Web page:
- Read selections of modernist poetry and descriptions of modernism: Baudelaire’s “To The Reader” (North 42 – 43), along with an overview of the French symbolists and early modernism (Lewis 45 – 49), “In a Station of the Metro,” by Ezra Pound and the major tenets of imagism, Wilfred Owen’s “Dulce et Decorum est,” along with a reading about the effects of the Great War on modernist literature (Lewis 108-111).
- Learn some general biographical background to the poem (Southam 32 – 35).
- Steer away from the question “What does it mean?” which tends to mislead, and ask instead, “What does it express?”
- Draw attention to the musicality of the poem by reading it aloud or listening to recordings.
After the first reading
- Read Eliot’s explanation of the objective correlative (“Hamlet” 48).
- Consider the critical questions of what emotions Eliot expresses in the poem, how he expresses them, and how well he expresses them.
- Read Eliot’s approach to the suggestion and evasion of meter in his essay “Reflections on Vers Libre” (“Verse Libre” 31-36) and understand that this method of “fixity and flux” is similarly used with rhyme and even meaning (in the traditional sense of a paraphrasable idea).
- Consider, “What are the meanings of the poem?” (Don’t forget to use the plural.)
Meaning versus Expression
At the Museum of Modern Art, when confronted with Jackson Pollock’s Square Pouring, many visitors shake their heads and say, “I just don’t get it. What the hell is it supposed to mean?” Then they laugh and go somewhere that makes more sense, like a bar. No one need question the meaning of a beer. Well, it’s not the visitors’ fault they don’t get modern art.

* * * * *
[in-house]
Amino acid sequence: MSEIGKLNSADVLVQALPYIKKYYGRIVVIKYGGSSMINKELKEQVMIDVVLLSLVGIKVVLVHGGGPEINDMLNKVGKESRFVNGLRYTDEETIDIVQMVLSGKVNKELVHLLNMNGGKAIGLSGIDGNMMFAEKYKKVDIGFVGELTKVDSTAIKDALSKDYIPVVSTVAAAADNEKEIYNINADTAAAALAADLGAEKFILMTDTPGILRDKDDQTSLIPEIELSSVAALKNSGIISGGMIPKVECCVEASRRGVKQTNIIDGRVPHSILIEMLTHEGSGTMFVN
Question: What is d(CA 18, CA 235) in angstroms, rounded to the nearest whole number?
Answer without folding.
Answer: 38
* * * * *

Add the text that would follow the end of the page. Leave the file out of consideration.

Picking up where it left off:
Teachers have trained them to ask of art, first and last, “What does it mean?” Western culture has privileged meaning above all other aspects of art since the Greeks developed the theory of mimesis, the idea that art mimics — or more commonly, mirrors — reality, that it represents and comments on the world around it. It makes sense then that the primary task of a viewer or reader is to try to understand what the author’s comment is. Meaning then is the connection a reader or viewer makes between an artwork and life. If we cannot say what a piece means, we doubt our own interpretive skills or the piece’s quality.
Yet a truly abstract painting, by definition, is non-figurative. This means an abstract painting does not represent something else. That’s the point. An abstract painting is usually about itself: the paint, the texture, the shapes and the process of painting. To ask “What does this mean?” is to miss the point of Jackson Pollock’s Square Pouring.